Cardin, McCain Prod Trump Administration to Use Global Magnitsky Tools to Punish Human Rights Violators and Corrupt Officials from Around the World
If you violate the human rights and civil liberties of others, the United States will hold you accountable
WASHINGTON – U.S. Senators Ben Cardin (D-Md.), Ranking Member of the Senate Foreign Relations Committee, and John McCain (R-Ariz.), Chairman of the Armed Services Committee, authors of the Global Magnitsky Human Rights and Accountability Act (P.L. 114-328), have written to President Trump requesting that his Administration vet and determine whether 20 individuals and entities from across the globe meet the criteria to be sanctioned in accordance with the Global Magnitsky Act.
The Global Magnitsky Human Rights and Accountability Act, which became law with passage of the Fiscal Year 2017 National Defense Authorization Act last December, authorizes the President to impose visa and asset sanctions on foreign individuals responsible for gross violations of human rights against rights defenders and government officials or their associates who have engaged in significant acts of corruption. The Global Magnitsky Act also requires the submission of reports to Congress with relevant updates to the list of sanctioned individuals and entities, as well as responses to Congressional requests for specific sanctions investigations.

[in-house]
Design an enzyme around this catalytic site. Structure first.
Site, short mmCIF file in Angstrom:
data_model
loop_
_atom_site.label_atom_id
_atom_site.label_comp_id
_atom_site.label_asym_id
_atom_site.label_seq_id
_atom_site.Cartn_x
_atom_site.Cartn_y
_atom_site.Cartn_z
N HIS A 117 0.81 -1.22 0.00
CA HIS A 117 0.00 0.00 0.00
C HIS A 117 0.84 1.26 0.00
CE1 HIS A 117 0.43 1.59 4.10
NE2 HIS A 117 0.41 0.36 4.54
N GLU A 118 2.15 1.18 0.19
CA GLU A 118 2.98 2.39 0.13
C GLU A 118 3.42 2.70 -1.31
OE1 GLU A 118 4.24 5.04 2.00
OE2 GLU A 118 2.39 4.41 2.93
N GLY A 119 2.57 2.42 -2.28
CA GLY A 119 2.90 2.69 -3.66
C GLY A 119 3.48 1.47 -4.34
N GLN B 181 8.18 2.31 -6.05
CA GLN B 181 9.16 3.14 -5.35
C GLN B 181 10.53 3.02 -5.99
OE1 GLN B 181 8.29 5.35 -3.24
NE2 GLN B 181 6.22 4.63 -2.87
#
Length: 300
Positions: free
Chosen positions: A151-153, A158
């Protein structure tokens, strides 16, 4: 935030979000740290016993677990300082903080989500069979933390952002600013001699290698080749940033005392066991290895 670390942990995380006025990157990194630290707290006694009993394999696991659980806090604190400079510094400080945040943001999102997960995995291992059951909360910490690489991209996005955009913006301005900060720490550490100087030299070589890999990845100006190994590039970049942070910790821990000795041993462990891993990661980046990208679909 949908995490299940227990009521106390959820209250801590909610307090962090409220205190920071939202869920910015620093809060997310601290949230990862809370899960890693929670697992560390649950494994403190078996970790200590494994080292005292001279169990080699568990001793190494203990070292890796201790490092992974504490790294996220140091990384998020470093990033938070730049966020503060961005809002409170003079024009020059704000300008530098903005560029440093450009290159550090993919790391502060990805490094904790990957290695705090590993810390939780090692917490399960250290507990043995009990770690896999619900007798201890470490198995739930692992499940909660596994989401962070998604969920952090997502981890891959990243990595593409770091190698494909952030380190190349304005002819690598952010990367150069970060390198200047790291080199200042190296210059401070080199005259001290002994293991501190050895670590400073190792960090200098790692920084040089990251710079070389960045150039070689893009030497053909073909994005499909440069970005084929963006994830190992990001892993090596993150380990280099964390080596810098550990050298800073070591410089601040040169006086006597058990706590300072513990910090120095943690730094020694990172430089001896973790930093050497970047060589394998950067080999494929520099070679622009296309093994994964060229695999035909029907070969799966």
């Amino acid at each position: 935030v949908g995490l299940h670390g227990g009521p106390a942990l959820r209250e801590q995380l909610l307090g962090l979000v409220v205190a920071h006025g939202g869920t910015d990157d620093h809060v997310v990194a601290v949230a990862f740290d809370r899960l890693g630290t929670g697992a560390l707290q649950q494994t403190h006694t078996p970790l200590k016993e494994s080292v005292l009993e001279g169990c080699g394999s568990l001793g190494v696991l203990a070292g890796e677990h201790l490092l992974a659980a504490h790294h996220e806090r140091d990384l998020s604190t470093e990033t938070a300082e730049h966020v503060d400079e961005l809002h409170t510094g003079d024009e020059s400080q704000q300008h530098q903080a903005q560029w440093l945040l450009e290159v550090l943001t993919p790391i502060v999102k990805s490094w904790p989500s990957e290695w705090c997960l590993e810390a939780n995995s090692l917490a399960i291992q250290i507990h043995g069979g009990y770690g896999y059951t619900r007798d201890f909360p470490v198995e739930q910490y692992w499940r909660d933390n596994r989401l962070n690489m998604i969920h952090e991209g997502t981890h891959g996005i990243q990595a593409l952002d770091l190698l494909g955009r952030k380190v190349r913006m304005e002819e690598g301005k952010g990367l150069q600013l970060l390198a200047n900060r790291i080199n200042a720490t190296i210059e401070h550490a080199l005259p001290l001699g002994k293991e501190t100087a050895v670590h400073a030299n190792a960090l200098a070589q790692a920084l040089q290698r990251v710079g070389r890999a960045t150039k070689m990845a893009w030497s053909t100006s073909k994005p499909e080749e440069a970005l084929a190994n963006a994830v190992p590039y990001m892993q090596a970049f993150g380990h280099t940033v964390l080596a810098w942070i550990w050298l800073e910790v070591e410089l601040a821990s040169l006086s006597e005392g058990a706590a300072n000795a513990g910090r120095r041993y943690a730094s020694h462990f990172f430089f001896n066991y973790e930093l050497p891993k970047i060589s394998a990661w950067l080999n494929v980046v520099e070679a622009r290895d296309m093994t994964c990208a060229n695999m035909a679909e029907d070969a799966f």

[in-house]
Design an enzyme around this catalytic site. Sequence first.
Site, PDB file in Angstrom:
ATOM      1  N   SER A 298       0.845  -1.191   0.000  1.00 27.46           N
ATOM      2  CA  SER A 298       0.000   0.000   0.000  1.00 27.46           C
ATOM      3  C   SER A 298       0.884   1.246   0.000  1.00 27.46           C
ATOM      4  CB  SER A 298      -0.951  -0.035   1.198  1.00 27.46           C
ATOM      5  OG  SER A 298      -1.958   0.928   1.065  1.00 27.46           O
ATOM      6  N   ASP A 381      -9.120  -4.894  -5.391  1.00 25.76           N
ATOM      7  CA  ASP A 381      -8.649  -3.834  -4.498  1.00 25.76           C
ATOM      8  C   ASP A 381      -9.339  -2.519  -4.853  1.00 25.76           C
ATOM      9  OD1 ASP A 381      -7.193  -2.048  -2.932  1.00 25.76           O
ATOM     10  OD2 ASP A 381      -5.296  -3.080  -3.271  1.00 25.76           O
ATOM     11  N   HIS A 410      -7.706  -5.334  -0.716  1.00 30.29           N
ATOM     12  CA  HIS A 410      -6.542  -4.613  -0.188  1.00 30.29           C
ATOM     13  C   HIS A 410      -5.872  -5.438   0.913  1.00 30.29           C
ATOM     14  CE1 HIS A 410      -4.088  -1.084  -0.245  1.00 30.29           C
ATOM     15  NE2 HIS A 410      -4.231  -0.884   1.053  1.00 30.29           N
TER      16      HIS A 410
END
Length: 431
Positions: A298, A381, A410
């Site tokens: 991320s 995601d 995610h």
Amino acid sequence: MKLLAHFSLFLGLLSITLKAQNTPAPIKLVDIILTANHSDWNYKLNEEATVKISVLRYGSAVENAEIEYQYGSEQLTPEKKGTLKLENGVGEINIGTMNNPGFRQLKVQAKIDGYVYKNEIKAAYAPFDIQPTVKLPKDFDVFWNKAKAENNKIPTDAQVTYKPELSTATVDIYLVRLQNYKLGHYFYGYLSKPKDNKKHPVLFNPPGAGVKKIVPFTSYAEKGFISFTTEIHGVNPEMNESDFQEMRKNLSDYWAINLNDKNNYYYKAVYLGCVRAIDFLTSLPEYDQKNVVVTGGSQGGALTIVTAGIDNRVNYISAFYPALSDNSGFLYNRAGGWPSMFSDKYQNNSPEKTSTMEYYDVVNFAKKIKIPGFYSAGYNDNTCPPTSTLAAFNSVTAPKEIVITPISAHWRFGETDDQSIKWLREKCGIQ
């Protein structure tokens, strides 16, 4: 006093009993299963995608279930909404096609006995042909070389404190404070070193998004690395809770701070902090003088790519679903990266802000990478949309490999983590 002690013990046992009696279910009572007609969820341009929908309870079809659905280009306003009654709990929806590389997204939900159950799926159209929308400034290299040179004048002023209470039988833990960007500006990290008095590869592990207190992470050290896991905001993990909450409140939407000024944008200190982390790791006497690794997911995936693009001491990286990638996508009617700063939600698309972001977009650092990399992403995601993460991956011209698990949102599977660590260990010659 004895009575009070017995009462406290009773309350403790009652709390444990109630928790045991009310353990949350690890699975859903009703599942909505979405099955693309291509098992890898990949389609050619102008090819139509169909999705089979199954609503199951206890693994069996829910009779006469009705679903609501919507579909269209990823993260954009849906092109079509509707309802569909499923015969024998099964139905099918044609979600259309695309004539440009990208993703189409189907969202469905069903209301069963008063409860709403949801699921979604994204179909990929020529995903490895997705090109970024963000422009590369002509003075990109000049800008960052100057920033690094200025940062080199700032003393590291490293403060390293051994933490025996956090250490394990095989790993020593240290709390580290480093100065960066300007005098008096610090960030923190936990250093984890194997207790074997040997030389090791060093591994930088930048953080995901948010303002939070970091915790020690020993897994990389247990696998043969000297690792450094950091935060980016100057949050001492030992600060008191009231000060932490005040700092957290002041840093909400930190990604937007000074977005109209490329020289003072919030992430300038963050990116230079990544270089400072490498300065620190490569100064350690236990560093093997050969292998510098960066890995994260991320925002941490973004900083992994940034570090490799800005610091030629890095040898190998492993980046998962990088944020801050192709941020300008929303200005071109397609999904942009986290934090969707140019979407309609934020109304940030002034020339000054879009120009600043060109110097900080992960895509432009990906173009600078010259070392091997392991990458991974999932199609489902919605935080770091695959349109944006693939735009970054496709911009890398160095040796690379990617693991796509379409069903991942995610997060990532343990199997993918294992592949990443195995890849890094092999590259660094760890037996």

“Congress has provided the Administration with a list of some of the most egregious human rights and corruption cases in the world for review. Now the President must act quickly to delegate authority to the Secretary of the Treasury or the Secretary of State to lead the investigations into these cases,” said Senator Cardin. “Working together, we can ensure that gross violators of human rights and those who engage in significant acts of corruption do not escape the consequences of their actions even when their home country fails to act.”
"The United States must send a clear message: if you violate the human rights of others or engage in significant acts of corruption, you will be held accountable," said Senator McCain. "It's critical the administration use the tools at its disposal to fully investigate these cases and ensure human rights offenders and corrupt officials from around the world are brought to justice."
Cardin and McCain are asking the President to investigate cases involving 13 individuals or entities from nine geographically diverse countries for gross violations of human rights and seven individuals or entities from six geographically diverse countries for acts of significant corruption. They also are urging the President to move swiftly to delegate the appropriate agency to begin fully implementing the law. Copies of the letter were sent to Secretary of State Rex Tillerson and Secretary of the Treasury Steven Mnuchin. Both of their departments have responsibilities under the Global Magnitsky Law.
To allow for full and complete vetting, the names of the individuals and entities recommended for sanctions under the Global Magnitsky Law will remain confidential throughout the review process.
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